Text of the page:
The farming systems of potential potato production areas of Chencha, southern Ethiopia

W. Mazengia, R.P.O. Schulte, Y. Tadese, D. Griffin, S. Schulz, P.C. Struik

Research output: Chapter in Book/Report/Conference proceedingChapterAcademic

Abstract

A survey was conducted in 2012 to assess the diversity of farming systems in the potential potato production areas of Chencha in southern Ethiopia. It was part a PhD research study on evaluation and optimization of sustainability of farming systems which is part of an initiative to make the area a potato centre of excellence. Household surveys (n=57) and farmers' group discussions were used to collect data from 21 villages. A mixed farming system was the prevailing system in the area where crops and livestock are simultaneously grown. The major crops grown in the area were potato, enset, wheat, barley and kale. Most crops were grown as food and cash crops. Barley and enset were mainly grown for household consumption. Farmers used improved varieties mainly for potato (73% of respondents) and wheat (77%). There were two cropping seasons per calendar year and crop rotation is common in the area. The dominant rotation system practised by 95% of the respondents was planting potato followed by wheat or barley. The common intercropping practices were mixed intercropping of barley with lentil and wheat with linseed. Based on local classification there were 12 soil types. The most common ones were Modo (dark loam), Gobo (red clay) and Kalta (brown clay). Fertilizers used were farmyard manure (97% of households), compost (40%), urea (78%) and diammonium phosphate (DAP) (81%). Farmers used low rates of inorganic fertilizers due to shortage of cash. Most of the households (55%) obtained a cash income from agricultural activities, mainly from crop production. The most important off-farm activity was weaving. Household food demands were met from own farm and external sources. Constraints of the farming system that need research and policy interventions include soil fertility depletion, low productive crop varieties, shortages of land, improved seed and cash.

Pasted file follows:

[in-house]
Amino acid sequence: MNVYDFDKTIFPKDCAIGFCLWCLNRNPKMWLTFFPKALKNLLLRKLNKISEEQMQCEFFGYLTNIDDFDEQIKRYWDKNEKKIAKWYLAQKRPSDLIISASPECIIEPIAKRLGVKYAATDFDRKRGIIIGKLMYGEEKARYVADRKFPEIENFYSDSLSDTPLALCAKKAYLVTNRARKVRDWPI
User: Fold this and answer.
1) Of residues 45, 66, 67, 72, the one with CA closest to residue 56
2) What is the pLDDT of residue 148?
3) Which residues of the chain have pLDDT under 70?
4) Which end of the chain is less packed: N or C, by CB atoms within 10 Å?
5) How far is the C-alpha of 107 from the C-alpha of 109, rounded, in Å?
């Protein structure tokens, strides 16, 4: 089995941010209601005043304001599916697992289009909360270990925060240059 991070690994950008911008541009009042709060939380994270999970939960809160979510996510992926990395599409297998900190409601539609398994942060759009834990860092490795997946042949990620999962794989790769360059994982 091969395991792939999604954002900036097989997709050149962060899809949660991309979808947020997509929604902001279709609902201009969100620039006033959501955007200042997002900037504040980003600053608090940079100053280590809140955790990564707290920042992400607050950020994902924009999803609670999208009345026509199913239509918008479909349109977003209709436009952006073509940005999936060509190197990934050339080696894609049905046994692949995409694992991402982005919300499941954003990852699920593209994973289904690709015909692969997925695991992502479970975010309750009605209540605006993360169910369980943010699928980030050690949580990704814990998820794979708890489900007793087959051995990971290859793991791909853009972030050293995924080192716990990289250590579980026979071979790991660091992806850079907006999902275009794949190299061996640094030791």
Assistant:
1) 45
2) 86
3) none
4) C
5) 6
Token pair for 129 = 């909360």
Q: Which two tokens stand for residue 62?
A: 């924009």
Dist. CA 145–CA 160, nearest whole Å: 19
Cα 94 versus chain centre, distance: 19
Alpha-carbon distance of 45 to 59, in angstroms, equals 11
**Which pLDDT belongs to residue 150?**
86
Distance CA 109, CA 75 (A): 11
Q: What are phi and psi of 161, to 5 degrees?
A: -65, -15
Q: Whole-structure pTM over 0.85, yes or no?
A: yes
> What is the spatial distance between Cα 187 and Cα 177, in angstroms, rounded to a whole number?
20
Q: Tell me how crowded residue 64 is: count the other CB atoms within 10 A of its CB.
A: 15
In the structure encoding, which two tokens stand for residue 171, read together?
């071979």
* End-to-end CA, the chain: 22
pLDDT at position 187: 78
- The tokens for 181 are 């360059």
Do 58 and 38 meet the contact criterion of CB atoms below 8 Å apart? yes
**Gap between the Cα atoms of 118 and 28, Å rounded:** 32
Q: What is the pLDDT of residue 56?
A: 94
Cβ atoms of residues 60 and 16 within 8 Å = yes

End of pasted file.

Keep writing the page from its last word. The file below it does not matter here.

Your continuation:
Original languageEnglish
Title of host publicationPotato and sweetpotato in Africa :
Subtitle of host publicationTransforming the value chains for food and nutrition security
EditorsJ. Low, M. Nyongesa, S. Quinn, M. Parker
Place of PublicationCambridge
PublisherCABI
Chapter37
Pages382-395
ISBN (Print)9781780644202
DOIs
Publication statusPublished - 2015

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